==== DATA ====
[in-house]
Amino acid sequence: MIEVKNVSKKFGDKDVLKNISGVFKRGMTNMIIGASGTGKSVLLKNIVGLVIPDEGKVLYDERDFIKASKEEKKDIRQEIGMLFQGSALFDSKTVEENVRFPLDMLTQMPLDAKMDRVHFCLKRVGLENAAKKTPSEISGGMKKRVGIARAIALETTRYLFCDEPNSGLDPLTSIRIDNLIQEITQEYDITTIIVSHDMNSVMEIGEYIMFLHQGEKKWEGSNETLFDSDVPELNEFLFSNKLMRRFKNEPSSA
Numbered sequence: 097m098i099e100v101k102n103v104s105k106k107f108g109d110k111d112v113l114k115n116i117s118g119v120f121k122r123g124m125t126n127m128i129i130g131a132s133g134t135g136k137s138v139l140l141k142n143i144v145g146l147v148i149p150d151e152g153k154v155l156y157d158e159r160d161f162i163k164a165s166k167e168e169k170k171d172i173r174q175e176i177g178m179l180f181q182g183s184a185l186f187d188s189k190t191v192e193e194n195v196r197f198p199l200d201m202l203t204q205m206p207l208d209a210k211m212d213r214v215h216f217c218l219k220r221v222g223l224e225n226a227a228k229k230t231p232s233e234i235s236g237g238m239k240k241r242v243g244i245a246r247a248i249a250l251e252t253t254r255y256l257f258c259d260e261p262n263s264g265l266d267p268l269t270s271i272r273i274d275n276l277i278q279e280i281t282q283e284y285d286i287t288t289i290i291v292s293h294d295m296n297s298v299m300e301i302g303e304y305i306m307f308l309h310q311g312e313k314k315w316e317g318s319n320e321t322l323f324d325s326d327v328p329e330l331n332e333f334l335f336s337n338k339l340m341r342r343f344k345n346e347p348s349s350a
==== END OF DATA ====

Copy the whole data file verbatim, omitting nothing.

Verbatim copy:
[in-house]
Amino acid sequence: MIEVKNVSKKFGDKDVLKNISGVFKRGMTNMIIGASGTGKSVLLKNIVGLVIPDEGKVLYDERDFIKASKEEKKDIRQEIGMLFQGSALFDSKTVEENVRFPLDMLTQMPLDAKMDRVHFCLKRVGLENAAKKTPSEISGGMKKRVGIARAIALETTRYLFCDEPNSGLDPLTSIRIDNLIQEITQEYDITTIIVSHDMNSVMEIGEYIMFLHQGEKKWEGSNETLFDSDVPELNEFLFSNKLMRRFKNEPSSA
Numbered sequence: 097m098i099e100v101k102n103v104s105k106k107f108g109d110k111d112v113l114k115n116i117s118g119v120f121k122r123g124m125t126n127m128i129i130g131a132s133g134t135g136k137s138v139l140l141k142n143i144v145g146l147v148i149p150d151e152g153k154v155l156y157d158e159r160d161f162i163k164a165s166k167e168e169k170k171d172i173r174q175e176i177g178m179l180f181q182g183s184a185l186f187d188s189k190t191v192e193e194n195v196r197f198p199l200d201m202l203t204q205m206p207l208d209a210k211m212d213r214v215h216f217c218l219k220r221v222g223l224e225n226a227a228k229k230t231p232s233e234i235s236g237g238m239k240k241r242v243g244i245a246r247a248i249a250l251e252t253t254r255y256l257f258c259d260e261p262n263s264g265l266d267p268l269t270s271i272r273i274d275n276l277i278q279e280i281t282q283e284y285d286i287t288t289i290i291v292s293h294d295m296n297s298v299m300e301i302g303e304y305i306m307f308l309h310q311g312e313k314k315w316e317g318s319n320e321t322l323f324d325s326d327v328p329e330l331n332e333f334l335f336s337n338k339l340m341r342r343f344k345n346e347p348s349s350a